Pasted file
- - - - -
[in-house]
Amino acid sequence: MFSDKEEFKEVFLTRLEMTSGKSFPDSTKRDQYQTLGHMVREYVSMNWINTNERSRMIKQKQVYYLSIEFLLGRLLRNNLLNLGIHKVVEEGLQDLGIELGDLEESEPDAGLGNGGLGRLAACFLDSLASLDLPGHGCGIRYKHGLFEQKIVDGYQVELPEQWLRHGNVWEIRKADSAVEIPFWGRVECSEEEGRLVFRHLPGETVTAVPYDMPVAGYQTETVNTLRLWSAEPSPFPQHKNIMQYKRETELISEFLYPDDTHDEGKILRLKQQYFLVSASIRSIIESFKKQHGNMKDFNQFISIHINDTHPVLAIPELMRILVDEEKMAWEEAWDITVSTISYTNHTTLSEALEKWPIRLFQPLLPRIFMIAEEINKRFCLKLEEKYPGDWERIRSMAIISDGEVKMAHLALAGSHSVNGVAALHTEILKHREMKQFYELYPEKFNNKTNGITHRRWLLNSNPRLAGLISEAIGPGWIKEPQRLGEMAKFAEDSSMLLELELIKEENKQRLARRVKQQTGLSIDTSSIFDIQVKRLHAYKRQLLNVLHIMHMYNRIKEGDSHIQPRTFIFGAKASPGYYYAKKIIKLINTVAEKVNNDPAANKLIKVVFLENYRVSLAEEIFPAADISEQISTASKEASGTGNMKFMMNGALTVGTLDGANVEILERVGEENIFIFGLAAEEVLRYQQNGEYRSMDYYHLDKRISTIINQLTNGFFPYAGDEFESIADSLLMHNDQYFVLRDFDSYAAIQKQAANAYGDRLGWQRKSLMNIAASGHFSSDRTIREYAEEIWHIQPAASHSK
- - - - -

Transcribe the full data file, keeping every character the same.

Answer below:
[in-house]
Amino acid sequence: MFSDKEEFKEVFLTRLEMTSGKSFPDSTKRDQYQTLGHMVREYVSMNWINTNERSRMIKQKQVYYLSIEFLLGRLLRNNLLNLGIHKVVEEGLQDLGIELGDLEESEPDAGLGNGGLGRLAACFLDSLASLDLPGHGCGIRYKHGLFEQKIVDGYQVELPEQWLRHGNVWEIRKADSAVEIPFWGRVECSEEEGRLVFRHLPGETVTAVPYDMPVAGYQTETVNTLRLWSAEPSPFPQHKNIMQYKRETELISEFLYPDDTHDEGKILRLKQQYFLVSASIRSIIESFKKQHGNMKDFNQFISIHINDTHPVLAIPELMRILVDEEKMAWEEAWDITVSTISYTNHTTLSEALEKWPIRLFQPLLPRIFMIAEEINKRFCLKLEEKYPGDWERIRSMAIISDGEVKMAHLALAGSHSVNGVAALHTEILKHREMKQFYELYPEKFNNKTNGITHRRWLLNSNPRLAGLISEAIGPGWIKEPQRLGEMAKFAEDSSMLLELELIKEENKQRLARRVKQQTGLSIDTSSIFDIQVKRLHAYKRQLLNVLHIMHMYNRIKEGDSHIQPRTFIFGAKASPGYYYAKKIIKLINTVAEKVNNDPAANKLIKVVFLENYRVSLAEEIFPAADISEQISTASKEASGTGNMKFMMNGALTVGTLDGANVEILERVGEENIFIFGLAAEEVLRYQQNGEYRSMDYYHLDKRISTIINQLTNGFFPYAGDEFESIADSLLMHNDQYFVLRDFDSYAAIQKQAANAYGDRLGWQRKSLMNIAASGHFSSDRTIREYAEEIWHIQPAASHSK